I have several Labradors of various ages and I have always supported Labrador Rescue organisations, both by fund-raising and also in practical ways by offering therapeutic treatments for some of the rescued dogs in need. Apart from the dogs who live here at Teazledown with me I have joint ownership of my sister’s dogs. We think that having joint responsibility gives the dogs added protection and security, should either of us become unable to look after them, for whatever reason. So in theory I own about 15 dogs! Both my nieces have dogs too – Charlotte has Italian Spinone (co-owned with her dad, Richard) and Jo has Bichon Frise and a Mexican Hairless; we are all involved in showing, agility, training, and other dog-related things.
My original training was as a specialist PE teacher for ages 5 -19 and my particular interests (and highest grades!) were in swimming, mechanics of movement, and in physiology and anatomy. In fact my second teaching subject was biology, so it was a good combination of subject interests.
I started showing my first Labrador in 1981 and success in the show ring led to an interest in judging. It was fascinating to start analysing the gait of dogs, because I had been recognising that of humans for 10 years! I still identify people who may be too far away to recognise by the way they walk, or their posture, and it is the same with dogs. Still wanting to further my knowledge I took an Open University degree, and although almost all the modules were in the area of science I was still awarded a B.A. rather then a BSc. because at the time it was all the O.U. offered.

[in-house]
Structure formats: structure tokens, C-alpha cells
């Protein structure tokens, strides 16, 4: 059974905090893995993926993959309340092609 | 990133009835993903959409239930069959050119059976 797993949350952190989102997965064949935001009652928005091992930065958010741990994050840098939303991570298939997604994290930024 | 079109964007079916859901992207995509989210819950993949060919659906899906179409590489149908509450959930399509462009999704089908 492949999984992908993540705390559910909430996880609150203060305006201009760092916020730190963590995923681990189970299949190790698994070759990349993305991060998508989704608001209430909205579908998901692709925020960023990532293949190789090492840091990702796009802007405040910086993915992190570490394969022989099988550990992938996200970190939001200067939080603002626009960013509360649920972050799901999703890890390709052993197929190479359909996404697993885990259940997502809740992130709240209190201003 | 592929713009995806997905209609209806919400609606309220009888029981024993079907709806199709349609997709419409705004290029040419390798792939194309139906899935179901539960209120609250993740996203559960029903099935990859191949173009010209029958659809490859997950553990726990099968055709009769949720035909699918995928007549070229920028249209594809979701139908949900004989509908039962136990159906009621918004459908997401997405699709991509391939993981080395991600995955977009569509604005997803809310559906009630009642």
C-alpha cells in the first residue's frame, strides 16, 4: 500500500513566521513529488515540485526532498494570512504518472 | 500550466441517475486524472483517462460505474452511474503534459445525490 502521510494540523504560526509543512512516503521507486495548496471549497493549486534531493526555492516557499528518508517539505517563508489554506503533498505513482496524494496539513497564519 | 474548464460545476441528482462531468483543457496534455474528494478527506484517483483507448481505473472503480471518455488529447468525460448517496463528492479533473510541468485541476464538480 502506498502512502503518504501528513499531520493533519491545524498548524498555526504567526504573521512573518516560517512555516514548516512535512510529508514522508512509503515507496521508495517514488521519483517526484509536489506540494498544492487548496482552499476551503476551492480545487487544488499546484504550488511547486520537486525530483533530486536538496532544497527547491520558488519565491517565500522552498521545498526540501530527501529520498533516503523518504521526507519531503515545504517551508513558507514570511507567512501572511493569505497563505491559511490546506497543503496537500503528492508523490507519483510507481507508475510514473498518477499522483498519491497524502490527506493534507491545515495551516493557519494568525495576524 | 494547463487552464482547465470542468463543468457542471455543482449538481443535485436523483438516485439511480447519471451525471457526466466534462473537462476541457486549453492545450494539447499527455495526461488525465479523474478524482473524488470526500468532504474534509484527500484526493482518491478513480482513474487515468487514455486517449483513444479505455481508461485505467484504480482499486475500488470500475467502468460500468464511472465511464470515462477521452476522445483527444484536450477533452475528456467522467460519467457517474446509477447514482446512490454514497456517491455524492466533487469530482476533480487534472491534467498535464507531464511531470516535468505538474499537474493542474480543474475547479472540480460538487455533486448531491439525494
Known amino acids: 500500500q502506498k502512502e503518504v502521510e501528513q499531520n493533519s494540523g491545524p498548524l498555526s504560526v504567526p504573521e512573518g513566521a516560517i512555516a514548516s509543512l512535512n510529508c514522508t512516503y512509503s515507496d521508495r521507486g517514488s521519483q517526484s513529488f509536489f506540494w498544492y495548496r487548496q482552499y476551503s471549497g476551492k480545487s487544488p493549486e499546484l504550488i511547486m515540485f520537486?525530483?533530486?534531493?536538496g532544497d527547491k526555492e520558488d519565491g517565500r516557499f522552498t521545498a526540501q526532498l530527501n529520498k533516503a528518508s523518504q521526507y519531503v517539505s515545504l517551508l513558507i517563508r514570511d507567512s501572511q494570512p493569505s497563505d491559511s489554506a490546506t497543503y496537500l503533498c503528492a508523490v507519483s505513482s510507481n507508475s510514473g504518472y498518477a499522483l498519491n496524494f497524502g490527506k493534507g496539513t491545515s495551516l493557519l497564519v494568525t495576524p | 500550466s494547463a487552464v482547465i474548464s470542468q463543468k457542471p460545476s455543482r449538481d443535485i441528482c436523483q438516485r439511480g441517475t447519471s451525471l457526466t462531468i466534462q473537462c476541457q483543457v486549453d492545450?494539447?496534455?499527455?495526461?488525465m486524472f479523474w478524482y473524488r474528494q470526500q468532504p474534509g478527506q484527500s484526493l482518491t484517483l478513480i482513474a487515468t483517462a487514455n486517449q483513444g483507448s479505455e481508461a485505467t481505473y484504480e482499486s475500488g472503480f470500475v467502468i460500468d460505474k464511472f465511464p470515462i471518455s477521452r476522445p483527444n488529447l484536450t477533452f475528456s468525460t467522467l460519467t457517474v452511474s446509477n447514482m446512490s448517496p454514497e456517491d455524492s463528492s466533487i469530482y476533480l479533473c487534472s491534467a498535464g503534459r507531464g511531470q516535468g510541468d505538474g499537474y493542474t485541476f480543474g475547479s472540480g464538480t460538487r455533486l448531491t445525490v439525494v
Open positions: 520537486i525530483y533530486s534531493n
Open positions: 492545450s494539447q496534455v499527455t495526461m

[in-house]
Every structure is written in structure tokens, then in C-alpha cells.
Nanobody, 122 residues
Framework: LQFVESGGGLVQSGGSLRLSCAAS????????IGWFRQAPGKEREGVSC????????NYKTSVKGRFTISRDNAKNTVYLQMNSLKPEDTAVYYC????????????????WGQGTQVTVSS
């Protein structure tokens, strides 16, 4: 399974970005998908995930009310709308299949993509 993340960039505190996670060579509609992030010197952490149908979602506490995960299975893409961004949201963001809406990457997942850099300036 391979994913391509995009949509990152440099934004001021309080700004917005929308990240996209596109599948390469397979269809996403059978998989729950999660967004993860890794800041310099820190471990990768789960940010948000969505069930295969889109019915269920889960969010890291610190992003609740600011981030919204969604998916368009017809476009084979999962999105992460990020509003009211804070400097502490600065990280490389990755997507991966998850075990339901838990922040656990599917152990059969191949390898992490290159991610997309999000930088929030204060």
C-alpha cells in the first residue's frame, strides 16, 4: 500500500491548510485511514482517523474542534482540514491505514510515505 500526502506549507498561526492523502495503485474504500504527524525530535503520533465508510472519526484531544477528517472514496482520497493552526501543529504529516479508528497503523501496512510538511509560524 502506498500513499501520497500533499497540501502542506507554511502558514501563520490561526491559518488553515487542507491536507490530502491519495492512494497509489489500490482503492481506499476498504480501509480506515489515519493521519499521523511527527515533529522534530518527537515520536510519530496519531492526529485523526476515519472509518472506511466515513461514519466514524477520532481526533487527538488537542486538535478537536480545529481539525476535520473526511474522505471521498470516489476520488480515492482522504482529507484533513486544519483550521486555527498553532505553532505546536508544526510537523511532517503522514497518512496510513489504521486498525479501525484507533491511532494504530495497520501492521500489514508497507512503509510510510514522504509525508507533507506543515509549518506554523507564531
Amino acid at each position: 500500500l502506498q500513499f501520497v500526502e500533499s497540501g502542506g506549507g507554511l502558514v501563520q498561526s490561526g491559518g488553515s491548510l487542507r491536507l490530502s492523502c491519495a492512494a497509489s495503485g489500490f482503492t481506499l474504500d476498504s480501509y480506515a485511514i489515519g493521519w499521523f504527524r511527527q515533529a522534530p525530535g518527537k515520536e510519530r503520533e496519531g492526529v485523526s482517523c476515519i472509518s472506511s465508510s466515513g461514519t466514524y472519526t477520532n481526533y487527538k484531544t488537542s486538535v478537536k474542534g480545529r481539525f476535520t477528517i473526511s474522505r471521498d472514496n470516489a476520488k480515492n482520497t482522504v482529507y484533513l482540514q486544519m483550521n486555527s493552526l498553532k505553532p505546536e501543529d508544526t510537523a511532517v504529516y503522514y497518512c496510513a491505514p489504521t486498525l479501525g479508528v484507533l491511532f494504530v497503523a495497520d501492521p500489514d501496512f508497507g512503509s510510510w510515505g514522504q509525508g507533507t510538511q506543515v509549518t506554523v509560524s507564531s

A few years ago I undertook a Diploma course in Canine Massage and was delighted to earn a Distinction at each of the 3 levels. Again, it was initially for the benefit of my own dogs but it has gradually become an integral part of the therapies we can do here at Canine Therapies, and is of huge benefit when we can use underwater massage for some dogs.
Various like-minded friends have helped with the dogs for quite a while but I took on additional qualified staff when it became clear I could not manage the pool on my own, and their enthusiasm encouraged me to further my own training (and theirs) by pursuing additional courses about various conditions which we were being asked to treat in greater numbers. We now have 3 fully trained hydrotherapists who have additional skills and knowledge to complement our work.